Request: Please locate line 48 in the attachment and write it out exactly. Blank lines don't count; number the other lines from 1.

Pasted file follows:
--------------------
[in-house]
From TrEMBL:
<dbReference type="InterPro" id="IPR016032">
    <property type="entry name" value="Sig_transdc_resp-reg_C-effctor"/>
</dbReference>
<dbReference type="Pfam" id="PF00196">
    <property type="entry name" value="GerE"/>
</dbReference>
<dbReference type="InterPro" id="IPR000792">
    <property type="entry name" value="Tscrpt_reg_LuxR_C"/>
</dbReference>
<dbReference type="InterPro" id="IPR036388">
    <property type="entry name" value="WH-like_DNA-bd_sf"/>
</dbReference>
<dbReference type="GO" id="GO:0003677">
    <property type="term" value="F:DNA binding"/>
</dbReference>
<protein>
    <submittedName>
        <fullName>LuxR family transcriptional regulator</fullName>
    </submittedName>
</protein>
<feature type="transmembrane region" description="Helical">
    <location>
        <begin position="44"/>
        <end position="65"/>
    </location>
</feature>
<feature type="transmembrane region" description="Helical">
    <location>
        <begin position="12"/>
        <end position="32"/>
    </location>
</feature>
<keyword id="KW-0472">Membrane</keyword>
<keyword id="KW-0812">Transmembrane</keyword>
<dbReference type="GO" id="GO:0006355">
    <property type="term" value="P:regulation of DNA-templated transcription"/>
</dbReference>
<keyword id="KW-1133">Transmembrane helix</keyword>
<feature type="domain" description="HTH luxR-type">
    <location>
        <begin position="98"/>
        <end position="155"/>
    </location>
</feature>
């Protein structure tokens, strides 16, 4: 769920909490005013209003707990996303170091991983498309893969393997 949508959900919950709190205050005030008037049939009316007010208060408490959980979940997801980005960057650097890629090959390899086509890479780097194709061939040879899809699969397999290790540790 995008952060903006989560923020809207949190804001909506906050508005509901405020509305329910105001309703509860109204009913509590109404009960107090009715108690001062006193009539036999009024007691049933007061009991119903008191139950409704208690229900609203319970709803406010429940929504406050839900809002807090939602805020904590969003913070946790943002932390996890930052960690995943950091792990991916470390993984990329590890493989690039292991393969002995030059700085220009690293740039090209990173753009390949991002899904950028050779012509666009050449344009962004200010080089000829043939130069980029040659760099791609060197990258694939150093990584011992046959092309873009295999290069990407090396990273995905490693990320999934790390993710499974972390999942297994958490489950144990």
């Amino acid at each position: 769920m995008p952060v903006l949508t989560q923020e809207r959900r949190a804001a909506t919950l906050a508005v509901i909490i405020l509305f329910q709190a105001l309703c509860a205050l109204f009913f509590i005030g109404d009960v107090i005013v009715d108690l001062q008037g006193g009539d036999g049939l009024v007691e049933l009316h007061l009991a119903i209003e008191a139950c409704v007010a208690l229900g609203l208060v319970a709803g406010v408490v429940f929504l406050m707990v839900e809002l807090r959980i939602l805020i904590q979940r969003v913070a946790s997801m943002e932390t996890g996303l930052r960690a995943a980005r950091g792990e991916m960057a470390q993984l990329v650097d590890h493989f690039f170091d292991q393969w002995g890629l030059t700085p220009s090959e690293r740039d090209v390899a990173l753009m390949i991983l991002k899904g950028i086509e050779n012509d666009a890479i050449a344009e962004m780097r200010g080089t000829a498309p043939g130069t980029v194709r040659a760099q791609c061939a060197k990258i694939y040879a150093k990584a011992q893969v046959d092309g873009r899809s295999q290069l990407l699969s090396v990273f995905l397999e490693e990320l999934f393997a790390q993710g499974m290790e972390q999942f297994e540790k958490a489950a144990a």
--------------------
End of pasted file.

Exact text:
């Amino acid at each position: 769920m995008p952060v903006l949508t989560q923020e809207r959900r949190a804001a909506t919950l906050a508005v509901i909490i405020l509305f329910q709190a105001l309703c509860a205050l109204f009913f509590i005030g109404d009960v107090i005013v009715d108690l001062q008037g006193g009539d036999g049939l009024v007691e049933l009316h007061l009991a119903i209003e008191a139950c409704v007010a208690l229900g609203l208060v319970a709803g406010v408490v429940f929504l406050m707990v839900e809002l807090r959980i939602l805020i904590q979940r969003v913070a946790s997801m943002e932390t996890g996303l930052r960690a995943a980005r950091g792990e991916m960057a470390q993984l990329v650097d590890h493989f690039f170091d292991q393969w002995g890629l030059t700085p220009s090959e690293r740039d090209v390899a990173l753009m390949i991983l991002k899904g950028i086509e050779n012509d666009a890479i050449a344009e962004m780097r200010g080089t000829a498309p043939g130069t980029v194709r040659a760099q791609c061939a060197k990258i694939y040879a150093k990584a011992q893969v046959d092309g873009r899809s295999q290069l990407l699969s090396v990273f995905l397999e490693e990320l999934f393997a790390q993710g499974m290790e972390q999942f297994e540790k958490a489950a144990a």